For better or worse, Roger Ebert influenced me more as a film commentator and fan than any other writer. What I liked … and still like … about Ebert was his ability to find merit in many films other critics found disreputable, specifically those that may contain extensive sex and/or violence. Ebert was one of the first major critics to find merit in the films of Russ Meyer at a time when Meyer was reviled as a pornographer by … pretty much everyone. Meyer returned the favor by hiring Ebert to write the script for “Beyond the Valley of the Dolls,” Meyer’s big-studio X-rated debut film, along with Meyer’s future films “Supervixens” and “Beneath the Valley of the Ultra-Vixens.”
Despite this, however, Ebert could be uncharacteristically persnickety about certain controversial films that one would think he would embrace. David Lynch’s “Blue Velvet” is probably the most notorious of his slams. But his review of the notorious 1978 rape and revenge film “I Spit on Your Grave” is almost equally famous. Not because “I Spit on Your Grave” is a particularly good film. But because Ebert said these things: “Attending it was one of the most depressing experiences of, my life” and also ended his review by saying “At the film’s end I walked out of the theater quickly, feeling unclean, ashamed and depressed.”
A lot of things can influence one’s opinions of a film that have nothing to do with the film … one’s mood on the day they see the film, the venue in which once sees the film, the audience the film is seen with, etc. However, Ebert’s fevered reaction to “I Spit on Your Grave” was particularly memorable … and strange. Mainly because Ebert gave a good review to an equally notorious rape and revenge film of the early 1970s … Wes Craven’s “Last House on the Left.” Ebert made a point of using “Grave” as an example of the “worst of the worst” during his tirade about “slasher films” during the early 1980s.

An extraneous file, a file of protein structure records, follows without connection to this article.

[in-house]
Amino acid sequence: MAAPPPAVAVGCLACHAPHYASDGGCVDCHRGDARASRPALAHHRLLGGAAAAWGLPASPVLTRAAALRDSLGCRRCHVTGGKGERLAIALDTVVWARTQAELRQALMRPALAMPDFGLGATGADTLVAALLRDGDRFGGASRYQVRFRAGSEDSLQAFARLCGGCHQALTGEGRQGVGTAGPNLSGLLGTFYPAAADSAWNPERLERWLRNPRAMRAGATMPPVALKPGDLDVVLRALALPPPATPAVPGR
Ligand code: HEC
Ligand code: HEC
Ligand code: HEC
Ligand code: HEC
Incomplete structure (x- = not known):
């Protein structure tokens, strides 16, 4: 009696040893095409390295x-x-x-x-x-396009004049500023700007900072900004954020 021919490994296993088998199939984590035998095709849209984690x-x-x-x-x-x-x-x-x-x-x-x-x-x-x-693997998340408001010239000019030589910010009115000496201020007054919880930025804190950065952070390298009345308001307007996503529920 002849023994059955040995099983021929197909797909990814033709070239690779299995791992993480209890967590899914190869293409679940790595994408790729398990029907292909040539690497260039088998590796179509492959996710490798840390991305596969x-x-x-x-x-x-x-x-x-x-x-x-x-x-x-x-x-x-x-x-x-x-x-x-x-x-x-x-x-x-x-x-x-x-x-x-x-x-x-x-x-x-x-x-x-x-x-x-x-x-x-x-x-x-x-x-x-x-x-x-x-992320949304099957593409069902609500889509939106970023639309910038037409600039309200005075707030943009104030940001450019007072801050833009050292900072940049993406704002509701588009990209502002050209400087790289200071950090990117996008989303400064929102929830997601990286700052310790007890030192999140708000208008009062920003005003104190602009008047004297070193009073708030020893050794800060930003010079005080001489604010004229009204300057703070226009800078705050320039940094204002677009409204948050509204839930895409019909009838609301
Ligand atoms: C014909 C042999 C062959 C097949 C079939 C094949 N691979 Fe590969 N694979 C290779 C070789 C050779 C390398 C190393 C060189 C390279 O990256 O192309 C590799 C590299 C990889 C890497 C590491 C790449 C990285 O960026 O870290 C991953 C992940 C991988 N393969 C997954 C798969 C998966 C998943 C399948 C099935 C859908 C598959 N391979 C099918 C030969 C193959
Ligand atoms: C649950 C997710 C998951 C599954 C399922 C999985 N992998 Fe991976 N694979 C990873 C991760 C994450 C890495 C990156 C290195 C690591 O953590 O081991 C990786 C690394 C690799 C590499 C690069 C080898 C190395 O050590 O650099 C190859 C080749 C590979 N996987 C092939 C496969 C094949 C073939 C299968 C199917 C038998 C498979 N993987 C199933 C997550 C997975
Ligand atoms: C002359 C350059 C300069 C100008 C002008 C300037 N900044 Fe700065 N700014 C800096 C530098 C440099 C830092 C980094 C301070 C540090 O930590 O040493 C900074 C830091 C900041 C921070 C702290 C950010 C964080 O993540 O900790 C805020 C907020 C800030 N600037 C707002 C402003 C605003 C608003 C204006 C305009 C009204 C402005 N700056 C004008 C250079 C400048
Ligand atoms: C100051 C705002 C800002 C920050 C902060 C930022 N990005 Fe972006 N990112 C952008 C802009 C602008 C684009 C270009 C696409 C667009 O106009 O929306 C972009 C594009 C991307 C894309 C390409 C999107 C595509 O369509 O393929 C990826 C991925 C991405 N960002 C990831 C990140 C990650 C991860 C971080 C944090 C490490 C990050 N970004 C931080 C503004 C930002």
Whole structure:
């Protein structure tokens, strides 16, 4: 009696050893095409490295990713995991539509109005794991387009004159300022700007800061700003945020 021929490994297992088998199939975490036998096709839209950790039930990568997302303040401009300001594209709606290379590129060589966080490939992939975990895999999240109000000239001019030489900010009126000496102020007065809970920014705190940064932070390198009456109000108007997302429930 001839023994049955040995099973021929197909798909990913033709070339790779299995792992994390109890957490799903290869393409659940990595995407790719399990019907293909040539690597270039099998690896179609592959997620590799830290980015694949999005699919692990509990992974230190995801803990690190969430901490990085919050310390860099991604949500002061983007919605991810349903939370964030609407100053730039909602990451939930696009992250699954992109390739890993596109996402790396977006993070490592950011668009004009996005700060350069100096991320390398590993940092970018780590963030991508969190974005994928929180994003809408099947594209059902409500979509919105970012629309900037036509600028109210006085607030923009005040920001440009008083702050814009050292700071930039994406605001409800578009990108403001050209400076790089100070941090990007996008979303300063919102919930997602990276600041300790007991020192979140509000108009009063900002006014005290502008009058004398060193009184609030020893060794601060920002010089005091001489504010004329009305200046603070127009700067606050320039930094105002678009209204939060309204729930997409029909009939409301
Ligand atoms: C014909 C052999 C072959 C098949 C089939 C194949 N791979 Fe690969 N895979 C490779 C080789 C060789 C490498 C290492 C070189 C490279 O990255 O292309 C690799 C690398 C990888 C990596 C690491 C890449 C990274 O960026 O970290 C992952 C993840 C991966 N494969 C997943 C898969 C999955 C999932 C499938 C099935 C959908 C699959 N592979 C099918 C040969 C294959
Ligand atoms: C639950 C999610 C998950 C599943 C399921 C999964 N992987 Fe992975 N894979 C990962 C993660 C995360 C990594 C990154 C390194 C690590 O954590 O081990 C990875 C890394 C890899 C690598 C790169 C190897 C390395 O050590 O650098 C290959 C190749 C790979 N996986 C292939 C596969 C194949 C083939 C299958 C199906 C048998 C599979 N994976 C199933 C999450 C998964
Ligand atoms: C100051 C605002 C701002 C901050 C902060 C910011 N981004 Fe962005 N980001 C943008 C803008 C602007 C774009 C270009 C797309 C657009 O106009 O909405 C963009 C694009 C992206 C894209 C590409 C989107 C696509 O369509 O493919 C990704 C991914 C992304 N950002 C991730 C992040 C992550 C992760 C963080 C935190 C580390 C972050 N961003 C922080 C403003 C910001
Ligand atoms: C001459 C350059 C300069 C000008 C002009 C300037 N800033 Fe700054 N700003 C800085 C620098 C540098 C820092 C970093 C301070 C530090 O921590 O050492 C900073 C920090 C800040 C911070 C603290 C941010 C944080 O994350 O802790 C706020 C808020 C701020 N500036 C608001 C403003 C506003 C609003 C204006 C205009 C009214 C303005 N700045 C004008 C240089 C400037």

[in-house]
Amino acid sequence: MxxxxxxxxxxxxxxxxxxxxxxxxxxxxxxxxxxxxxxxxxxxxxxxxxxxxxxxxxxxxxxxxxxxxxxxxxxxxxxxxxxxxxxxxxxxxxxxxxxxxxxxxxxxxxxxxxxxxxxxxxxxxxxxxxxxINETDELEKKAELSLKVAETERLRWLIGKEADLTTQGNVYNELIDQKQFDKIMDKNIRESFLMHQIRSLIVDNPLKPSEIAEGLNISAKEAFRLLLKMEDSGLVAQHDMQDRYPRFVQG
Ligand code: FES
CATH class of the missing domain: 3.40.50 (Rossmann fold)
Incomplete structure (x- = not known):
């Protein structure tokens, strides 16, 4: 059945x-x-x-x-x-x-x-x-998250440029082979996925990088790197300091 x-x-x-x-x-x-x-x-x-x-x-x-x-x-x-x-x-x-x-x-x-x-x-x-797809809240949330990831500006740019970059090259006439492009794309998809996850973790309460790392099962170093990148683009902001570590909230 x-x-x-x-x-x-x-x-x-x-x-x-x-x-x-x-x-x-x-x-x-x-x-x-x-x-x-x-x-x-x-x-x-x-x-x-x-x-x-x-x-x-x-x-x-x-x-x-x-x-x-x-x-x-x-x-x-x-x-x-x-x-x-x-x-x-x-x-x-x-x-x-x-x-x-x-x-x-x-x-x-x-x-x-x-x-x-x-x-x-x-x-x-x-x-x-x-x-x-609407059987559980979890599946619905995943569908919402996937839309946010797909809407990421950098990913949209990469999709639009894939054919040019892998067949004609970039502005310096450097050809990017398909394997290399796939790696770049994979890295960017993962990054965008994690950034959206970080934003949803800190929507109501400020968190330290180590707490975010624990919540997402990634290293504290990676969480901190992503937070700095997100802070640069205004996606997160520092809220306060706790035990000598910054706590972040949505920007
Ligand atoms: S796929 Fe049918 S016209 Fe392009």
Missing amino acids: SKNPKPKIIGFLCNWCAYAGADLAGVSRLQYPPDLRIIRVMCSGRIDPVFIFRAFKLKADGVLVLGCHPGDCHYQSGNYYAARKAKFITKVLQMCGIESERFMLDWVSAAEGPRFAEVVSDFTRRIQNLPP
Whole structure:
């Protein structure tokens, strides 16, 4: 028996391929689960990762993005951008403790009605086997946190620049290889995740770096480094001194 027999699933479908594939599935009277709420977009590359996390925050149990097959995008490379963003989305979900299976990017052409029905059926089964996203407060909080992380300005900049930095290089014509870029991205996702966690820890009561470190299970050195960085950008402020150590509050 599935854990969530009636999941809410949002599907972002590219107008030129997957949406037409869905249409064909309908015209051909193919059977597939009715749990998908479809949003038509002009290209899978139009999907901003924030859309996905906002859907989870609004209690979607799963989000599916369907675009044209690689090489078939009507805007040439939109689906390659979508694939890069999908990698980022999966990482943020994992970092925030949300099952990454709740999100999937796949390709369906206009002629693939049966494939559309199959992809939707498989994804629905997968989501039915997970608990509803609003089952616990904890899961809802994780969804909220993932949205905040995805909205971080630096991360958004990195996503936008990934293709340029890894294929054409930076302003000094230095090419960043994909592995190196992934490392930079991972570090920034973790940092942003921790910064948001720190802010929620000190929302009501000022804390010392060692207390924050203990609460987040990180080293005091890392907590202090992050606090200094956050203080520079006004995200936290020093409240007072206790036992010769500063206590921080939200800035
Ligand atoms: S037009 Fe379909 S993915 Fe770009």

While “I Spit on Your Grave” is not a great film, it’s not completely without merit. Hearing Joe Bob Briggs’s commentary on the “I Spit on Your Grave” DVD/Blu-Ray is one of the greatest critical counterpoints of all-time. Briggs goes through the film scene by scene … counteracting all accusations that this is a film made from the point of view of the vile male rapists and that the film actually follows lock-step with the arguments of some of the more radical feminist voices of the day (i.e. Andrea Dworkin). It should be pointed out the original title of this film was called “Day of the Woman.”
Look, I’m not about to recommend “I Spit on Your Grave.” Whatever merits the film does have do not balance out the sheer unpleasantness of much of the film. Despite his arguments for the film’s merits, Briggs does point out the many inept decisions director Meir Zarchi makes. “I Spit on Your Grave” is not a good film. But it’s not worthless. And Briggs’s wonderfully insightful … and irreverent … commentary makes this very clear. And it’s one of the best and most entertaining DVD / Blu-Ray commentary tracks of all-time.
For the record, I’m including a link to Ebert’s review here: